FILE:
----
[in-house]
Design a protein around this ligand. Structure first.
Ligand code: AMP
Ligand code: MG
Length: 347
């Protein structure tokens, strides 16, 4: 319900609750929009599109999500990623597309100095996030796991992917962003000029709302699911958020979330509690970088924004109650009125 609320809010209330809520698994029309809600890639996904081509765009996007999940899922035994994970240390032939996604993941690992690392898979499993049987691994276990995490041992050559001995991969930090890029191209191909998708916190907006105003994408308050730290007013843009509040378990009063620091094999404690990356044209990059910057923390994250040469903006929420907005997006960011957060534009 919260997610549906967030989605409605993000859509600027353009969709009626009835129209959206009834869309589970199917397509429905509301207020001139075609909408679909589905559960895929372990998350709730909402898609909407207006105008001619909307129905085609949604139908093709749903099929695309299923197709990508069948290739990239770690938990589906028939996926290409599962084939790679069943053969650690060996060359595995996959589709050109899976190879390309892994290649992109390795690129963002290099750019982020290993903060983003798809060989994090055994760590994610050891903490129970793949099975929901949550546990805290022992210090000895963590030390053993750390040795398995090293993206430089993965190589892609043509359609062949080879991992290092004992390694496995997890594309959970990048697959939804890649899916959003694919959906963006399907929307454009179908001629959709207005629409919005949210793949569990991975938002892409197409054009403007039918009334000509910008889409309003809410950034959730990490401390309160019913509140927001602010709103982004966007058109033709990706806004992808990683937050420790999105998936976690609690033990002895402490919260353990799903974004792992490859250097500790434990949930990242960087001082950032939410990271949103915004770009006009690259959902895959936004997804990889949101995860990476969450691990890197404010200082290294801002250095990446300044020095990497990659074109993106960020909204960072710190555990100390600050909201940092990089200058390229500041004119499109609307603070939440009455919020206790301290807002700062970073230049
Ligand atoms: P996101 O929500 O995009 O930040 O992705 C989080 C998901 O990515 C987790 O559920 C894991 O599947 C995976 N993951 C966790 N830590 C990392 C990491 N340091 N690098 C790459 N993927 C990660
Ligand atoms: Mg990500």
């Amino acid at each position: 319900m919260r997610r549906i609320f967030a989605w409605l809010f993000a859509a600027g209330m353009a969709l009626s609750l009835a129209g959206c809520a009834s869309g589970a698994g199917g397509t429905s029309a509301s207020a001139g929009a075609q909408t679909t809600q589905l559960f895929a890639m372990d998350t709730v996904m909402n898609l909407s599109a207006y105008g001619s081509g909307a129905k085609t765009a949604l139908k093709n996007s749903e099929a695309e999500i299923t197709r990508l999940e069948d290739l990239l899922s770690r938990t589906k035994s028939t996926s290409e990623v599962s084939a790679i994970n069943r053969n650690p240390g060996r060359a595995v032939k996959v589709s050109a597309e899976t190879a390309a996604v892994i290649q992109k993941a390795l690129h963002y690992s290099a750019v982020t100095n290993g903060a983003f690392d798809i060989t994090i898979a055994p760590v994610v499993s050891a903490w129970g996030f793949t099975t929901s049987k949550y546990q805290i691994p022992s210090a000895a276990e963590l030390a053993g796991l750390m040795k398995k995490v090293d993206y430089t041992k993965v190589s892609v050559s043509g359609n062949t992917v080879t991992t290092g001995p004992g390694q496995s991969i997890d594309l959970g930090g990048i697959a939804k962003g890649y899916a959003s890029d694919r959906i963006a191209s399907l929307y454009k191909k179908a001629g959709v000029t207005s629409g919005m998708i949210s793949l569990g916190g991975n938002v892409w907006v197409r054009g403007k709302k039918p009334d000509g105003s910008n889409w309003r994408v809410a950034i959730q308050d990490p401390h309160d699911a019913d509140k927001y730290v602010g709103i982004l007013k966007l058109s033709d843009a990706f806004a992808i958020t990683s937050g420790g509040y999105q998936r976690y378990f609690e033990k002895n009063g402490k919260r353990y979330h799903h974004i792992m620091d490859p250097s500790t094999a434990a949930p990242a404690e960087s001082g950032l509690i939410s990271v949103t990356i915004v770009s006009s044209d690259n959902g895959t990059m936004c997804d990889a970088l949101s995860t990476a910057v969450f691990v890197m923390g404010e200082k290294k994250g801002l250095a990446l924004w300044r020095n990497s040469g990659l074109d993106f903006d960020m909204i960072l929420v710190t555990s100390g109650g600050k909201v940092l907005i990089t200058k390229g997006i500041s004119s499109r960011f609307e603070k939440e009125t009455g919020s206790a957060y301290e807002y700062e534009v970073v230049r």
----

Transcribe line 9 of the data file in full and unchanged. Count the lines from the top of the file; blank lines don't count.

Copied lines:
């Amino acid at each position: 319900m919260r997610r549906i609320f967030a989605w409605l809010f993000a859509a600027g209330m353009a969709l009626s609750l009835a129209g959206c809520a009834s869309g589970a698994g199917g397509t429905s029309a509301s207020a001139g929009a075609q909408t679909t809600q589905l559960f895929a890639m372990d998350t709730v996904m909402n898609l909407s599109a207006y105008g001619s081509g909307a129905k085609t765009a949604l139908k093709n996007s749903e099929a695309e999500i299923t197709r990508l999940e069948d290739l990239l899922s770690r938990t589906k035994s028939t996926s290409e990623v599962s084939a790679i994970n069943r053969n650690p240390g060996r060359a595995v032939k996959v589709s050109a597309e899976t190879a390309a996604v892994i290649q992109k993941a390795l690129h963002y690992s290099a750019v982020t100095n290993g903060a983003f690392d798809i060989t994090i898979a055994p760590v994610v499993s050891a903490w129970g996030f793949t099975t929901s049987k949550y546990q805290i691994p022992s210090a000895a276990e963590l030390a053993g796991l750390m040795k398995k995490v090293d993206y430089t041992k993965v190589s892609v050559s043509g359609n062949t992917v080879t991992t290092g001995p004992g390694q496995s991969i997890d594309l959970g930090g990048i697959a939804k962003g890649y899916a959003s890029d694919r959906i963006a191209s399907l929307y454009k191909k179908a001629g959709v000029t207005s629409g919005m998708i949210s793949l569990g916190g991975n938002v892409w907006v197409r054009g403007k709302k039918p009334d000509g105003s910008n889409w309003r994408v809410a950034i959730q308050d990490p401390h309160d699911a019913d509140k927001y730290v602010g709103i982004l007013k966007l058109s033709d843009a990706f806004a992808i958020t990683s937050g420790g509040y999105q998936r976690y378990f609690e033990k002895n009063g402490k919260r353990y979330h799903h974004i792992m620091d490859p250097s500790t094999a434990a949930p990242a404690e960087s001082g950032l509690i939410s990271v949103t990356i915004v770009s006009s044209d690259n959902g895959t990059m936004c997804d990889a970088l949101s995860t990476a910057v969450f691990v890197m923390g404010e200082k290294k994250g801002l250095a990446l924004w300044r020095n990497s040469g990659l074109d993106f903006d960020m909204i960072l929420v710190t555990s100390g109650g600050k909201v940092l907005i990089t200058k390229g997006i500041s004119s499109r960011f609307e603070k939440e009125t009455g919020s206790a957060y301290e807002y700062e534009v970073v230049r």